This article is written by Jeremy Deutsch and appeared in the Friday, January 14th, 2011 edition of the Kamloops This Week.
The condo-unit owner at the centre of a building-code dispute between the city and a strata is applauding the move by council to slap the entire building with a notice to warn potential buyers.
Richard McElroy, the owner of a unit in the Loma Bella condo units in Sahali, said he’s been battling with various groups, including National Home Warranty, builder Mike Rink and his own strata, to get a settlement problem with his unit fixed.
He said the decision by city council should help put pressure on all the interested parties to fix the problem. “Finally, some sunlight and some wisdom,” McElroy told KTW. “Council in their wisdom has put us all in the same boat now as a strata.”
City council decided to put notices — referred to as Section 57 — against all 16 units in the development, due to outstanding building-code violations and to reduce the potential liability against the city.
The notice, which is filed with the Kamloops Land Title Office and is meant to warn potential purchasers of the problems, can be lifted once the repairs are complete.
The saga began after settlement issues on McElroy’s unit were discovered in 2007. What has followed is a legal mess around who is responsible for the repairs, which finally culminated in the city moving to put the notice on the strata at the end of last year.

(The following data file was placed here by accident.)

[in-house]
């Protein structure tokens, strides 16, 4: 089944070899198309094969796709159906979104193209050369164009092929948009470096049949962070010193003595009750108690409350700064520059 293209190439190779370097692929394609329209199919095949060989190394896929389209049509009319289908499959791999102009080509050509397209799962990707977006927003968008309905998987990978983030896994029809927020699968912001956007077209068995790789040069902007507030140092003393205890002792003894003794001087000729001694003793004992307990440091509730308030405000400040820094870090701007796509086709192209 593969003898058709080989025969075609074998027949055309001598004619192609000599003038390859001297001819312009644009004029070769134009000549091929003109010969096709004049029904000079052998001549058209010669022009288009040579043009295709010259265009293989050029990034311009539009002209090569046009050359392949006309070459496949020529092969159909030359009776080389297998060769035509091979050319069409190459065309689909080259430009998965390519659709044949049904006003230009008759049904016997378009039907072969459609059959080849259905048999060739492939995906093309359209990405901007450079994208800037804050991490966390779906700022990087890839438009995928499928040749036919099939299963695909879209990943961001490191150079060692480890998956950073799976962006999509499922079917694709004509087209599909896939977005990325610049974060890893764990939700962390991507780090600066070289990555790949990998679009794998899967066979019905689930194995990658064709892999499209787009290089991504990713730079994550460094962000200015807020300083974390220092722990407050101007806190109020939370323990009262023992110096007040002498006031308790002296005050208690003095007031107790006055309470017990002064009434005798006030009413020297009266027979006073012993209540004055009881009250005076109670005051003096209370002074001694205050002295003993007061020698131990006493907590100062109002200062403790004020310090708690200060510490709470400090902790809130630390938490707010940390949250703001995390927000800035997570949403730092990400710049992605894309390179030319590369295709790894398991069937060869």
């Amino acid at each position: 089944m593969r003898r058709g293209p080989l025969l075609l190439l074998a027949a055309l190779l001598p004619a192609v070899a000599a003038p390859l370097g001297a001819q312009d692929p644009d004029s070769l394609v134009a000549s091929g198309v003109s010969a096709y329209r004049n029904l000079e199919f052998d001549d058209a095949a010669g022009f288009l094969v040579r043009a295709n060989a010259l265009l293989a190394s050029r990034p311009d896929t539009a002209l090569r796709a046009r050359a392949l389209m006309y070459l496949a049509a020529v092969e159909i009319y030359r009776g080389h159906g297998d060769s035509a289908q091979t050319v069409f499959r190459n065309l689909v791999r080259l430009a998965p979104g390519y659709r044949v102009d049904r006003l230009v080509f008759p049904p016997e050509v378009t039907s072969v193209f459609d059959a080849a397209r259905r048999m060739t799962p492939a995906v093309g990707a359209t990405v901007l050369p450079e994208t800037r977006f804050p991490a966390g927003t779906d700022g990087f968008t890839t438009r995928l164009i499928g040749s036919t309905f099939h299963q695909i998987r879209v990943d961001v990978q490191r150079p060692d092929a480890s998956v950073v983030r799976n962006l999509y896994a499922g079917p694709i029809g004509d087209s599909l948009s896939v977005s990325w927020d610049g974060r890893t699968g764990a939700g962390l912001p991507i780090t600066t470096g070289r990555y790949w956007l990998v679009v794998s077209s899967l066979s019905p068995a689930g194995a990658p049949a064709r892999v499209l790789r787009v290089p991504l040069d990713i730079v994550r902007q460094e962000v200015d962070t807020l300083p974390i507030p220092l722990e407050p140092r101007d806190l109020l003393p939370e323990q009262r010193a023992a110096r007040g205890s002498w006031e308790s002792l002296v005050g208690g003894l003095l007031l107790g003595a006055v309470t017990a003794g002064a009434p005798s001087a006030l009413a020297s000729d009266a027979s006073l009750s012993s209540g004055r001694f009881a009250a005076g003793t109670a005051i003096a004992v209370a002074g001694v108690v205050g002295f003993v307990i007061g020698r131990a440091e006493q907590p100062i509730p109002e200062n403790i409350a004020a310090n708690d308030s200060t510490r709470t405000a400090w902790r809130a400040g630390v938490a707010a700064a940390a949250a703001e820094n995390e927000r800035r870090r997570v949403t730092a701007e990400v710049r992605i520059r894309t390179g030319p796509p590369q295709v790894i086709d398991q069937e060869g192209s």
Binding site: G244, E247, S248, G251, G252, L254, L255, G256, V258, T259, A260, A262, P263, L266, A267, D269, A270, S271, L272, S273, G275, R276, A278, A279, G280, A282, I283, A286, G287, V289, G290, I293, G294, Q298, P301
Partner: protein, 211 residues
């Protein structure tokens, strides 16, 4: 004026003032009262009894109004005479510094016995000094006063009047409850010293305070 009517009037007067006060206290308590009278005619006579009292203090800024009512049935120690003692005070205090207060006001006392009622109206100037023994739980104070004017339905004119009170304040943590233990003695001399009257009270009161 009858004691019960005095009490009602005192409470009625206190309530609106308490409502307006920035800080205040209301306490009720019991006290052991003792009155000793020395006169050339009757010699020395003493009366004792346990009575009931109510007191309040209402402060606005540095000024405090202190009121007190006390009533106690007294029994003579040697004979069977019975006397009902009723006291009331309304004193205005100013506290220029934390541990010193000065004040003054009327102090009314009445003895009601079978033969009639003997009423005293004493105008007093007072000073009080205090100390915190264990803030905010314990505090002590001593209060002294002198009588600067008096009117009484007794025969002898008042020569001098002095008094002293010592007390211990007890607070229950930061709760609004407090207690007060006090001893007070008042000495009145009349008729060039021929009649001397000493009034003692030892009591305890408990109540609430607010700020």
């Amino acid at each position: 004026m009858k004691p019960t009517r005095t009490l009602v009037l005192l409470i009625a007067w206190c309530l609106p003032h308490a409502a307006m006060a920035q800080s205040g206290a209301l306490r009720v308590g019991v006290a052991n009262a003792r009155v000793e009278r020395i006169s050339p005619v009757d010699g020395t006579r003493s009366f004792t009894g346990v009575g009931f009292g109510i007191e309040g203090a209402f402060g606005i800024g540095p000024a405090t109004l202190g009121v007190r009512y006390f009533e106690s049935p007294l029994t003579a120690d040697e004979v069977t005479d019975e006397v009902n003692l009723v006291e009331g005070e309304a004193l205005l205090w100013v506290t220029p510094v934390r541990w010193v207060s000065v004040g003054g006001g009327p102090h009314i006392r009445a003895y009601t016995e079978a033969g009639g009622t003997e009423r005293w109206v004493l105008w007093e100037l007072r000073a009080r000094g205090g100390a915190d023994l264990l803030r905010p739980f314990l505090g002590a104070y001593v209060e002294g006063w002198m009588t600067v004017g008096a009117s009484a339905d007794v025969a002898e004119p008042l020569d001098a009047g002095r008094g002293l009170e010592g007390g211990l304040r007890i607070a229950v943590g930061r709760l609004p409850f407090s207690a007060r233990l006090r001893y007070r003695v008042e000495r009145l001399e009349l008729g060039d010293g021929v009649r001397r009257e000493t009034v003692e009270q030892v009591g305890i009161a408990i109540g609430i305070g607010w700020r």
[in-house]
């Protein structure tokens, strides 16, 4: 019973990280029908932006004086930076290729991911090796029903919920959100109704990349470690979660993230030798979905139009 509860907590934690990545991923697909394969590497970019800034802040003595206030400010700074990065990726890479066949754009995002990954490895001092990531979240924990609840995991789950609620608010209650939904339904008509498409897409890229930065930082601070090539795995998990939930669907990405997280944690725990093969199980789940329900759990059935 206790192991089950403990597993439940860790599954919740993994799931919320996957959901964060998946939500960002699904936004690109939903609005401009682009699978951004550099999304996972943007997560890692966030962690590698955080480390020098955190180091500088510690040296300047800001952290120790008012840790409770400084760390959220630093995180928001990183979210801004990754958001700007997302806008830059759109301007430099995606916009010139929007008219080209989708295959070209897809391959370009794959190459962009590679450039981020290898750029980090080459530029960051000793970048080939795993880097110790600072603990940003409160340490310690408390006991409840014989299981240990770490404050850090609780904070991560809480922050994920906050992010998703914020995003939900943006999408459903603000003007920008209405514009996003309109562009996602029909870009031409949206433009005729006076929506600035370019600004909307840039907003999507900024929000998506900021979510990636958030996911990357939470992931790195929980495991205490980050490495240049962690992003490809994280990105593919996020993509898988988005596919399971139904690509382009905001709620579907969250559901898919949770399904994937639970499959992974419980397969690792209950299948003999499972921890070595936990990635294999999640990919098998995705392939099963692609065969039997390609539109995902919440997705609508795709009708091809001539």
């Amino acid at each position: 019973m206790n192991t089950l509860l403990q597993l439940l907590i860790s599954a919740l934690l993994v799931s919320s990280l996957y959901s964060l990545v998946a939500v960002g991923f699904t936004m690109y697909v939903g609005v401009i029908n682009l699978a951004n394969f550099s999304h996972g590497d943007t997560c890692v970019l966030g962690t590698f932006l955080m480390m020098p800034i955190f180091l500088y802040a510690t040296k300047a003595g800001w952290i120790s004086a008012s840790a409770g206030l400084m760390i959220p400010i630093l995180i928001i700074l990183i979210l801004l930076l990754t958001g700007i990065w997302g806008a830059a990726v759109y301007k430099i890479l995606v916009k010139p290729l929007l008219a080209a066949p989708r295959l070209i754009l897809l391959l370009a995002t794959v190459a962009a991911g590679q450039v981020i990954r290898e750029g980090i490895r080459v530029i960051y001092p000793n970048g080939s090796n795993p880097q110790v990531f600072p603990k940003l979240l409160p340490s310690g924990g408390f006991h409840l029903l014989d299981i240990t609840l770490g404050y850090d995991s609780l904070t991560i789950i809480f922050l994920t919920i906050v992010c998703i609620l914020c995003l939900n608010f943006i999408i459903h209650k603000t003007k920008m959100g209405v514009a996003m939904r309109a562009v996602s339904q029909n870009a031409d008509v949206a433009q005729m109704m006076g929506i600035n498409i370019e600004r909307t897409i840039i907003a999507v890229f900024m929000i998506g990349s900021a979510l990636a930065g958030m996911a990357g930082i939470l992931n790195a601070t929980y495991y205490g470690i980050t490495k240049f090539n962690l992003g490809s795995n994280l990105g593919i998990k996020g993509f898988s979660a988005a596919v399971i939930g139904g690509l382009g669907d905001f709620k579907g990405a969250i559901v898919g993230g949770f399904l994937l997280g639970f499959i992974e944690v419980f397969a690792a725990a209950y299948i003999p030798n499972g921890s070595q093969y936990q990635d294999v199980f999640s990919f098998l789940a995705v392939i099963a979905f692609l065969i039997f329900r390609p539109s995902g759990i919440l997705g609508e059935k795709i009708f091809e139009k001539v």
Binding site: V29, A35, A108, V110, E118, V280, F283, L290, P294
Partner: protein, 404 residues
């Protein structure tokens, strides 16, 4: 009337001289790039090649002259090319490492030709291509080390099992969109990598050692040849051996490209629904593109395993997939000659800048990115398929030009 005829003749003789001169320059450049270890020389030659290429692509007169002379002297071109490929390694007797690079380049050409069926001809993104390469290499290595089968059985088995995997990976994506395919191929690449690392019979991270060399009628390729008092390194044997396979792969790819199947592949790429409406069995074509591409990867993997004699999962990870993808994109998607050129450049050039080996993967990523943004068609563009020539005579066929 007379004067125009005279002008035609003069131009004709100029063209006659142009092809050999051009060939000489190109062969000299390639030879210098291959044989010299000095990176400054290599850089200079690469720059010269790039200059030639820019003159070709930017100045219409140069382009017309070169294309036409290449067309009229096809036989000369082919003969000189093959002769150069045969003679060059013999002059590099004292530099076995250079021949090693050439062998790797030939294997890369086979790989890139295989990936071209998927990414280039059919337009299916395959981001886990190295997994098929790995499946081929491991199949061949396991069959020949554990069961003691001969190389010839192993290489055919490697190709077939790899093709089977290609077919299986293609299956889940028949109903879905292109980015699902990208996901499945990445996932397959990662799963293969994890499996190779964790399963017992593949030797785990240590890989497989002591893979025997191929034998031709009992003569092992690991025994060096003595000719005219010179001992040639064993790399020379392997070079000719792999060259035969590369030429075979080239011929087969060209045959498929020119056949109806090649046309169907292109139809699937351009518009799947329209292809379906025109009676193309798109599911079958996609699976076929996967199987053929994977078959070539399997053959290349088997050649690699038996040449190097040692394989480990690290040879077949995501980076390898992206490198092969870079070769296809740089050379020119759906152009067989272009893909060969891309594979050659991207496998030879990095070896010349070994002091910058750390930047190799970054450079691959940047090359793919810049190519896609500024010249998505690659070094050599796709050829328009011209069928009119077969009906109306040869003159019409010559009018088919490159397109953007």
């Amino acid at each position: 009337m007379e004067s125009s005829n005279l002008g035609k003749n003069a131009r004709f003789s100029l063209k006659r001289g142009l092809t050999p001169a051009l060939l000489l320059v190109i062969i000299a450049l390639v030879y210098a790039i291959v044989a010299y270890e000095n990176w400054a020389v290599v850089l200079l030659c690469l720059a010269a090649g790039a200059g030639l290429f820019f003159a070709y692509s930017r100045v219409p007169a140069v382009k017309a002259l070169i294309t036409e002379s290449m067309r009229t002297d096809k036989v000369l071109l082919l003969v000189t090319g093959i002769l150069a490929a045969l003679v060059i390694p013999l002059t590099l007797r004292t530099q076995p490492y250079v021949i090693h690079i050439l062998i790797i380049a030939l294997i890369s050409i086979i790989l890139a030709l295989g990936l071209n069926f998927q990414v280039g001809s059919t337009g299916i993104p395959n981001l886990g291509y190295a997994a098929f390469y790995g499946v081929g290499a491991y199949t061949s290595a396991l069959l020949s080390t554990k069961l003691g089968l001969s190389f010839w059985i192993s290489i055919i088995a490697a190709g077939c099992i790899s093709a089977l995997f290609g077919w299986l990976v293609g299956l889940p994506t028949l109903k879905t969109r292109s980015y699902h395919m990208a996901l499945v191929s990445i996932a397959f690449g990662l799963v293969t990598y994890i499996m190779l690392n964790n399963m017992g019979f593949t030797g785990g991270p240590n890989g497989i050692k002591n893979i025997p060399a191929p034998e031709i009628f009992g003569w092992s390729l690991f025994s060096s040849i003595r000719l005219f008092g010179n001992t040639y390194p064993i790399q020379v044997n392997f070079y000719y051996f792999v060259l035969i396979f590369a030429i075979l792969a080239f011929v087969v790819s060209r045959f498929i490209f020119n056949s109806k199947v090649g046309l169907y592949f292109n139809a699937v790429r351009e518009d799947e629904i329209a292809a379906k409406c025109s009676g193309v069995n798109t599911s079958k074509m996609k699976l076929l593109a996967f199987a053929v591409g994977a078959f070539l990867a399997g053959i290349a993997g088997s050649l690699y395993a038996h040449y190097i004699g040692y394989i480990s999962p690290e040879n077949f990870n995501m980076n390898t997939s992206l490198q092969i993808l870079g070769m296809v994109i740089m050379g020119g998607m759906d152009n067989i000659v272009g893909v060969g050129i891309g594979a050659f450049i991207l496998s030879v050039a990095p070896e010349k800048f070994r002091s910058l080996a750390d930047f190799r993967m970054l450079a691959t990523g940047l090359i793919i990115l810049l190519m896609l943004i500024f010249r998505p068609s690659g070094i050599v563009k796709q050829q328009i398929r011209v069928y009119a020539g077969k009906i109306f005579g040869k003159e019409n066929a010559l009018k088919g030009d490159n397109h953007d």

A representative of Loma Bella’s strata appeared in front of city council on Tuesday, Jan. 11, asking for another 30 days to deal with the issue. The strata rep suggested it wasn’t fair for the entire building to get a notice when only one unit is involved. But council wasn’t convinced.
Mayor Peter Milobar argued the issue has been ongoing for years and an extra month isn’t going to get the problem solved, noting there hasn’t been much agreement between the sides involved. He said council too often hears from people who buy property with a problem, and then complain they weren’t alerted by the city before the purchase. “We know there is a problem. We know it needs to be repaired,” Milobar said. “My concern is that future purchasers know that there is a potential liability there for them.”
He also suggested the easiest way to ensure the repairs are done is to make sure everyone is aware of the violation and have a vested interest in a resolution.
As for McElroy, he said he’s felt like a hostage through this situation, noting he can’t rent or sell the unit because of the possible dangers. “It’s been really frustrating,” he said. The cost of repairs to the unit are estimated at be $100,000.